Document Detail

Mortality incidence and the severity of coronary atherosclerosis assessed by computed tomography angiography.
MedLine Citation:
PMID:  18929245     Owner:  NLM     Status:  MEDLINE    
OBJECTIVES: This study investigated whether cardiac computed tomography angiography (CTA) can predict all-cause mortality in symptomatic patients. BACKGROUND: Noninvasive coronary angiography is being increasingly performed by CTA to assess for obstructive coronary artery disease (CAD), and minimal outcome data exist for coronary CTA. We have utilized a cohort of symptomatic patients who underwent electron beam tomography to allow for longer follow-up (up to 12 years) than currently available with newer 64-slice multidetector-row computed tomography studies. METHODS: In all, 2,538 consecutive patients who underwent CTA by electron beam tomography (age 59 +/- 14 years, 70% males) without known CAD were studied. Computed tomographic angiography results were categorized as significant CAD (> or =50% luminal narrowing), mild CAD (<50% stenosis), and normal coronary arteries. Multivariable Cox proportional hazards models were developed to predict all-cause mortality. Risk-adjusted models incorporated traditional risk factors for coronary disease and coronary artery calcification (CAC). RESULTS: During a mean follow-up of 78 +/- 12 months, the death rate was 3.4% (86 deaths). The CTA-diagnosed CAD was an independent predictor of mortality in a multivariable model adjusted for age, gender, cardiac risk factors, and CAC (p < 0.0001). The addition of CAC to CTA-diagnosed CAD increased the concordance index significantly (0.69 for risk factors, 0.83 for the CTA-diagnosed CAD, and 0.89 for the addition of CAC to CAD, p < 0.0001). Risk-adjusted hazard ratios for CTA-diagnosed CAD were 1.7-, 1.8-, 2.3-, and 2.6-fold for 3-vessel nonobstructive, 1-vessel obstructive, 2-vessel obstructive, and 3-vessel obstructive CAD, respectively (p < 0.0001), when compared with the group who did not have CAD. CONCLUSIONS: The primary results of our study reveal that the burden of angiographic disease detected by CTA provides both independent and incremental value in predicting all-cause mortality in symptomatic patients independent of age, gender, conventional risk factors, and CAC.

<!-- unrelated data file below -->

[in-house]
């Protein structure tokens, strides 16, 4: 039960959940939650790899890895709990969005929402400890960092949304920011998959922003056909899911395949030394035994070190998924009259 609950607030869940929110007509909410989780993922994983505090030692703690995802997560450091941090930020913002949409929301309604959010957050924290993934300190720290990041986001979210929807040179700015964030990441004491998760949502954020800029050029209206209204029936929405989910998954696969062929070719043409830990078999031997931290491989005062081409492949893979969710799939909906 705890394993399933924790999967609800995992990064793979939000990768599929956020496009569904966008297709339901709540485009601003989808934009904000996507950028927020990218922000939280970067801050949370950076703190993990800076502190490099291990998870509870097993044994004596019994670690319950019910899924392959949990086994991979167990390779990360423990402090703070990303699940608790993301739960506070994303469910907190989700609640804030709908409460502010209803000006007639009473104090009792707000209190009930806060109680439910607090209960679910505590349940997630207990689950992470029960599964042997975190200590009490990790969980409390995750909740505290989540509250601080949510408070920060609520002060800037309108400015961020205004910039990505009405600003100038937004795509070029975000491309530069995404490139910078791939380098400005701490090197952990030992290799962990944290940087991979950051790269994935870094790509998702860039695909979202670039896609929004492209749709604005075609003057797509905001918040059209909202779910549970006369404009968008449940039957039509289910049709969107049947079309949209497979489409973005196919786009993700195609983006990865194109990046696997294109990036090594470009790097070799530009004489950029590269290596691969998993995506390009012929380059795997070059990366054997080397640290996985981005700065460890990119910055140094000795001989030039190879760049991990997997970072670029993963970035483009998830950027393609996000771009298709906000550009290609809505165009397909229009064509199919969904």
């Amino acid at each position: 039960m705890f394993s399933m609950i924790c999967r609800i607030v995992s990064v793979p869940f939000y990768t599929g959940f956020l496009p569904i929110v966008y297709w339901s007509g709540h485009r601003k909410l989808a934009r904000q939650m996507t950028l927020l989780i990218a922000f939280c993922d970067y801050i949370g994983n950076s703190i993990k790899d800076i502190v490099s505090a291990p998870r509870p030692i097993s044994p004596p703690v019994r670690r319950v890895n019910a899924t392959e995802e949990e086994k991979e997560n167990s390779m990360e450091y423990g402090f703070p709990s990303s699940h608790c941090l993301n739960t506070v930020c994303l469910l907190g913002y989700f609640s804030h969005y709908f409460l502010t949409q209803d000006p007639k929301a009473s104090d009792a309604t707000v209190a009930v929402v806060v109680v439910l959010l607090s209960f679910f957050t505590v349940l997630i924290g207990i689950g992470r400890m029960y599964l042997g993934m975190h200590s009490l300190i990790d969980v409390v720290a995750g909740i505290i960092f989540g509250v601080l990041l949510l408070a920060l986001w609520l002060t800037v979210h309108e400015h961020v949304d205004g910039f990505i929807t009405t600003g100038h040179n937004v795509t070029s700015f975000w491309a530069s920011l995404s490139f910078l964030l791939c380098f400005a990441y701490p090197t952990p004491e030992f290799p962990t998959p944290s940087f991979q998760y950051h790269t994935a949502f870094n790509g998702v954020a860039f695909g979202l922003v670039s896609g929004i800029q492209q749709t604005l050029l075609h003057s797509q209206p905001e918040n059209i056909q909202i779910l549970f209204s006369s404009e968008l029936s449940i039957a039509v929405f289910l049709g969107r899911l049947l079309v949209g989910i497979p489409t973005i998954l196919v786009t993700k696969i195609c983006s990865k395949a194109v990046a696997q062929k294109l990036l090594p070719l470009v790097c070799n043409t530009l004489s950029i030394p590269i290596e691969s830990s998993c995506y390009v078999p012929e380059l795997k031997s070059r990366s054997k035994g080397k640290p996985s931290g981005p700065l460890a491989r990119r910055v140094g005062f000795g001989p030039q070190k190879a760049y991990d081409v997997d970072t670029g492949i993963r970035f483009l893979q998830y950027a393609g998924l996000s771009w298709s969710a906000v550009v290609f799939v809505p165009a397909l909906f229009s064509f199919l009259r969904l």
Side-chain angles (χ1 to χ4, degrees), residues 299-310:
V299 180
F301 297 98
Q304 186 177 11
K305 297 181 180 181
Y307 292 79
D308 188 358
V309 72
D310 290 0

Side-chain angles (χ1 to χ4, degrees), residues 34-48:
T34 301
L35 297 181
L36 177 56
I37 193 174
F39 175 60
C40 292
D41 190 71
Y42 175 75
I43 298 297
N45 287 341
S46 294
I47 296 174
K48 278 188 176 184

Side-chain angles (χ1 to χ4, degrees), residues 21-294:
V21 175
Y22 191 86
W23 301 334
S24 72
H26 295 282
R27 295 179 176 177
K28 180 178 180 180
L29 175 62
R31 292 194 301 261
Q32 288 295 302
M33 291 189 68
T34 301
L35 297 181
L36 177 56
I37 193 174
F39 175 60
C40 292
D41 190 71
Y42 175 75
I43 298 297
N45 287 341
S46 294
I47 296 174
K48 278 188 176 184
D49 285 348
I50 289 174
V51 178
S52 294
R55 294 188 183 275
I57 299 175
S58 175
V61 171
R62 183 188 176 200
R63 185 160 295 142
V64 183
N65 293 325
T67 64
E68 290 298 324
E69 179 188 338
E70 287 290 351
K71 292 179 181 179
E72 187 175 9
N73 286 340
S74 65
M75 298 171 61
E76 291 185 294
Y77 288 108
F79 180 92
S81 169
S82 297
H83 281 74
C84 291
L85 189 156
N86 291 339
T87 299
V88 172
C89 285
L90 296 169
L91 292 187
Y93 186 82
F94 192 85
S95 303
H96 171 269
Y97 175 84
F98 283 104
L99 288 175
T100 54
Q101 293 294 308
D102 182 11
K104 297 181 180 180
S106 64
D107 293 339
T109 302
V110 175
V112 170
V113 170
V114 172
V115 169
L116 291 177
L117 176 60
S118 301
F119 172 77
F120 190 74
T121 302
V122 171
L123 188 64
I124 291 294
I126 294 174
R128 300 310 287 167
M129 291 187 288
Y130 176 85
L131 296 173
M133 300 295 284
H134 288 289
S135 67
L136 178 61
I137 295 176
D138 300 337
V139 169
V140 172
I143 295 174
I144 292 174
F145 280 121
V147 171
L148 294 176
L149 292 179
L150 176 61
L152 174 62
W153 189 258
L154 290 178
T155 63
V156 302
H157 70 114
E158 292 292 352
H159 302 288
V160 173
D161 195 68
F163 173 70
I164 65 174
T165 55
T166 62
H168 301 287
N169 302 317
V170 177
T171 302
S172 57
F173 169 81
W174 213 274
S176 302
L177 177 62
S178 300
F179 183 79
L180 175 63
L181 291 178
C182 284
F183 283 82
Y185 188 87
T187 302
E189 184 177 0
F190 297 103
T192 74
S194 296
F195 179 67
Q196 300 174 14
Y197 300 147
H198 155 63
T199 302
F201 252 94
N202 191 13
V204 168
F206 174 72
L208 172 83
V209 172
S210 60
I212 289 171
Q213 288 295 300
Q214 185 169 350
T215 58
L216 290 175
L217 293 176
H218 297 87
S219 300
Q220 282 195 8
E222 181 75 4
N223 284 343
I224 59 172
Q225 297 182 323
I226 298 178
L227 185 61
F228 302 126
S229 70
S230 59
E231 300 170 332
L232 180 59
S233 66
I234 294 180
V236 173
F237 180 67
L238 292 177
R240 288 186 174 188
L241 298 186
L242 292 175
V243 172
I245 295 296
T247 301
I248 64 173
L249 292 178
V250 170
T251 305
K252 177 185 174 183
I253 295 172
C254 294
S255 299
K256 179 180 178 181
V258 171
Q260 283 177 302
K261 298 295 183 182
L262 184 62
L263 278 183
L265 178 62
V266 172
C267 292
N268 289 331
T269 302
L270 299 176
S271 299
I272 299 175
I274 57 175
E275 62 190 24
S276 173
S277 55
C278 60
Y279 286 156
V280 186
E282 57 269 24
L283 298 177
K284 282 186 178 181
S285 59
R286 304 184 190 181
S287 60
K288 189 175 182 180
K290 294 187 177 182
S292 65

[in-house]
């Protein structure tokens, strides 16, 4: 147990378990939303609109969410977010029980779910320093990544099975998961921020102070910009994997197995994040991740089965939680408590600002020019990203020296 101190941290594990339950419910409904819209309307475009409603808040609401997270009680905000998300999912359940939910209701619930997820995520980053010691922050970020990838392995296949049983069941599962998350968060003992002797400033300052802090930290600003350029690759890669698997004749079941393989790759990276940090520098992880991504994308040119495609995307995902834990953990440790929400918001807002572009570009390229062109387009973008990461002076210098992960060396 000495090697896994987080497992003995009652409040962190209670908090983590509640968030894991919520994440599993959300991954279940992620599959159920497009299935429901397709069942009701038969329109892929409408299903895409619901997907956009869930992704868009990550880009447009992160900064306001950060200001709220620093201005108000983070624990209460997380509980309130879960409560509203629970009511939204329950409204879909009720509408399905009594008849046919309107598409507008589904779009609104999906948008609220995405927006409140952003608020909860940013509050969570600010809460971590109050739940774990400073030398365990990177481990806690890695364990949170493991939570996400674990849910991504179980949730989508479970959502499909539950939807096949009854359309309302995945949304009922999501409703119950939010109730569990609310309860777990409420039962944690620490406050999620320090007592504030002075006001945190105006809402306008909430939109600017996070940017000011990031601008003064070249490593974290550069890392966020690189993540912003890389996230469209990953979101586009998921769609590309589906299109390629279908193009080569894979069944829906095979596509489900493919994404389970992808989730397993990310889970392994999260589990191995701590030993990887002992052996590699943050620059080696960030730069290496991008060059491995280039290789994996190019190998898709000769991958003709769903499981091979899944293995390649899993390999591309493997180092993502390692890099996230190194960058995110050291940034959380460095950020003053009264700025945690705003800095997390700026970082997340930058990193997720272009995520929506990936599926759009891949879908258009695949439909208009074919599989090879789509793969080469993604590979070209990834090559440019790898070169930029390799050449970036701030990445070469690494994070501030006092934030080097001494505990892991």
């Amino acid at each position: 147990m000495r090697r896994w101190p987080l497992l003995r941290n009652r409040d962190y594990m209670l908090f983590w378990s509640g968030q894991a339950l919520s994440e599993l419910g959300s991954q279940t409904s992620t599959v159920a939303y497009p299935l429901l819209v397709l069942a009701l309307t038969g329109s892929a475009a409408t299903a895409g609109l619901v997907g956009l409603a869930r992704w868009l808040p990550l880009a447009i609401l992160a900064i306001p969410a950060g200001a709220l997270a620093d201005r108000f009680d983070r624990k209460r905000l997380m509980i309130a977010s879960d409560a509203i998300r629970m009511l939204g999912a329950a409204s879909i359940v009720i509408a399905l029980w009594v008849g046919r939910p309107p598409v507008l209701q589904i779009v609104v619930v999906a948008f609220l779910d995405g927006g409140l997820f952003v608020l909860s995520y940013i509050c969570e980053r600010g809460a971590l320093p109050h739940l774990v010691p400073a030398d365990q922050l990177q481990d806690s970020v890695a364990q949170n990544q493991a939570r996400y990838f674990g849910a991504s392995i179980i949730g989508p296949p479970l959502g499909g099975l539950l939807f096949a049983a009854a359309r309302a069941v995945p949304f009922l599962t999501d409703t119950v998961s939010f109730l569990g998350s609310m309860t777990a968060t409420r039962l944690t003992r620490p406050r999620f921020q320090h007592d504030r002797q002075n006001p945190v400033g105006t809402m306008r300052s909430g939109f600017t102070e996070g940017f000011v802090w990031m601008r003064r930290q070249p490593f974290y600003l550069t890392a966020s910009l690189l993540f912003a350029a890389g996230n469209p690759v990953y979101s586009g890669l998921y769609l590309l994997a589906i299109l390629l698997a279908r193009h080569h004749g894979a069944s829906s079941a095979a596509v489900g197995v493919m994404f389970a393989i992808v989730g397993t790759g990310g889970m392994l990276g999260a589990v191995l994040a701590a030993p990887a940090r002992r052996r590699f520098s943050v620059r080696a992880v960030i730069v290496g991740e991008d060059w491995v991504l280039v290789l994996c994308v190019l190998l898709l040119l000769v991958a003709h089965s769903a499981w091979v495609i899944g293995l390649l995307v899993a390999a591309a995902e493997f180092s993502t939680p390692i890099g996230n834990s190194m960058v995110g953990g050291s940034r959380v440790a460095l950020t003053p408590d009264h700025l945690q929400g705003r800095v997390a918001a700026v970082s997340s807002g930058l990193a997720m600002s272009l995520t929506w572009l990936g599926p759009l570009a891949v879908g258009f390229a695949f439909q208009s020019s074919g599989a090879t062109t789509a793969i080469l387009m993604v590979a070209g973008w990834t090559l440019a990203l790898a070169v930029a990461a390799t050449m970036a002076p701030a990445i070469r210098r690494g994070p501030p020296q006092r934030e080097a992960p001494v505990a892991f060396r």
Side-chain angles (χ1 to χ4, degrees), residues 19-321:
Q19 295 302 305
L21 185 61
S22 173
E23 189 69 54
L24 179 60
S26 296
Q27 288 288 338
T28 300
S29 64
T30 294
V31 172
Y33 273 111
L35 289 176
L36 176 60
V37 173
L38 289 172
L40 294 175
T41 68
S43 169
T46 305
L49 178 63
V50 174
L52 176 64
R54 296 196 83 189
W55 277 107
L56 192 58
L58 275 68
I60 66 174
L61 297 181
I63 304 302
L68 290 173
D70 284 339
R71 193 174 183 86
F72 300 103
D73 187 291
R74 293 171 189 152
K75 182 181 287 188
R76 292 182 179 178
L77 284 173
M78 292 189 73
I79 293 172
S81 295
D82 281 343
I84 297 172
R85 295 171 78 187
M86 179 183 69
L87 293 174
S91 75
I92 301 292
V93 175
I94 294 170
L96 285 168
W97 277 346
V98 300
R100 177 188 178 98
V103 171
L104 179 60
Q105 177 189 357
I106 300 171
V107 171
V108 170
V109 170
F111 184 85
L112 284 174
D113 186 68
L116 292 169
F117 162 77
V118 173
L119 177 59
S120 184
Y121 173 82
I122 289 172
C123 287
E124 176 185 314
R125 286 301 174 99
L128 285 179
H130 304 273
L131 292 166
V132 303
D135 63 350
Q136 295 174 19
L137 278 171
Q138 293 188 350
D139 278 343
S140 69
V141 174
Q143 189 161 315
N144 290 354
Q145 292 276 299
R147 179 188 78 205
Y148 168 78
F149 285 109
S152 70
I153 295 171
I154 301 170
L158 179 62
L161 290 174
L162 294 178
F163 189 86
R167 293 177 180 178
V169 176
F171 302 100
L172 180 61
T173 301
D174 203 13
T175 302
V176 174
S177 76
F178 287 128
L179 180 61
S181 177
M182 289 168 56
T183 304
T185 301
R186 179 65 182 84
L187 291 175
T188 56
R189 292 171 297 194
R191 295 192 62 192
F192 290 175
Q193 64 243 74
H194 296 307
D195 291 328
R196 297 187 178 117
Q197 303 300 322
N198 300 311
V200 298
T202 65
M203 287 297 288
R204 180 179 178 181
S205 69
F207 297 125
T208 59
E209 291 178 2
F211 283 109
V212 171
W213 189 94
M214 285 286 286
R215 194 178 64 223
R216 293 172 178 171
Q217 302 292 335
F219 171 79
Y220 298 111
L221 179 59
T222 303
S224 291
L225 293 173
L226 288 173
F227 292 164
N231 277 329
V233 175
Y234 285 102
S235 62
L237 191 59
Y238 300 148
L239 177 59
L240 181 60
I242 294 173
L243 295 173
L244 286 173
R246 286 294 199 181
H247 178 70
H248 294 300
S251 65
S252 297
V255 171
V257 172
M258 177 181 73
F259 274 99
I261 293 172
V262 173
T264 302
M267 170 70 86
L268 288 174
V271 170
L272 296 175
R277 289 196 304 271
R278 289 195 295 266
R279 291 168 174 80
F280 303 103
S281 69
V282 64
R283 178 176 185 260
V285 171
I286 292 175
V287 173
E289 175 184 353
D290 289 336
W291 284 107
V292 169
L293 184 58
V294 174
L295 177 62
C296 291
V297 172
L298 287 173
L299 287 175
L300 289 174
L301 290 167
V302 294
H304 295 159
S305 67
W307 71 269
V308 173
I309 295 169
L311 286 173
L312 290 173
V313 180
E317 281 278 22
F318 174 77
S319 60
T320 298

Matthew P Ostrom; Ambarish Gopal; Naser Ahmadi; Khurram Nasir; Eric Yang; Ioannis Kakadiaris; Ferdinand Flores; Song S Mao; Matthew J Budoff
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Publication Detail:
Type:  Journal Article    
Journal Detail:
Title:  Journal of the American College of Cardiology     Volume:  52     ISSN:  1558-3597     ISO Abbreviation:  J. Am. Coll. Cardiol.     Publication Date:  2008 Oct 
Date Detail:
Created Date:  2008-10-20     Completed Date:  2008-11-04     Revised Date:  -    
Medline Journal Info:
Nlm Unique ID:  8301365     Medline TA:  J Am Coll Cardiol     Country:  United States    
Other Details:
Languages:  eng     Pagination:  1335-43     Citation Subset:  AIM; IM    
Division of Cardiology, Department of Medicine, Los Angeles Biomedical Research Institute at Harbor-UCLA Medical Center, Torrance, California 90502, USA.
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MeSH Terms
Age Factors
Aged, 80 and over
Cause of Death*
Cohort Studies
Confidence Intervals
Contrast Media / pharmacology
Coronary Angiography / methods*
Coronary Artery Disease / mortality*,  physiopathology,  radiography*
Kaplan-Meiers Estimate
Middle Aged
Predictive Value of Tests
Proportional Hazards Models
ROC Curve
Radiographic Image Enhancement*
Risk Assessment
Sensitivity and Specificity
Severity of Illness Index
Sex Factors
Survival Analysis
Tomography, X-Ray Computed / methods*
Reg. No./Substance:
0/Contrast Media
Comment In:
J Am Coll Cardiol. 2008 Oct 14;52(16):1344-6   [PMID:  18929246 ]

From MEDLINE®/PubMed®, a database of the U.S. National Library of Medicine

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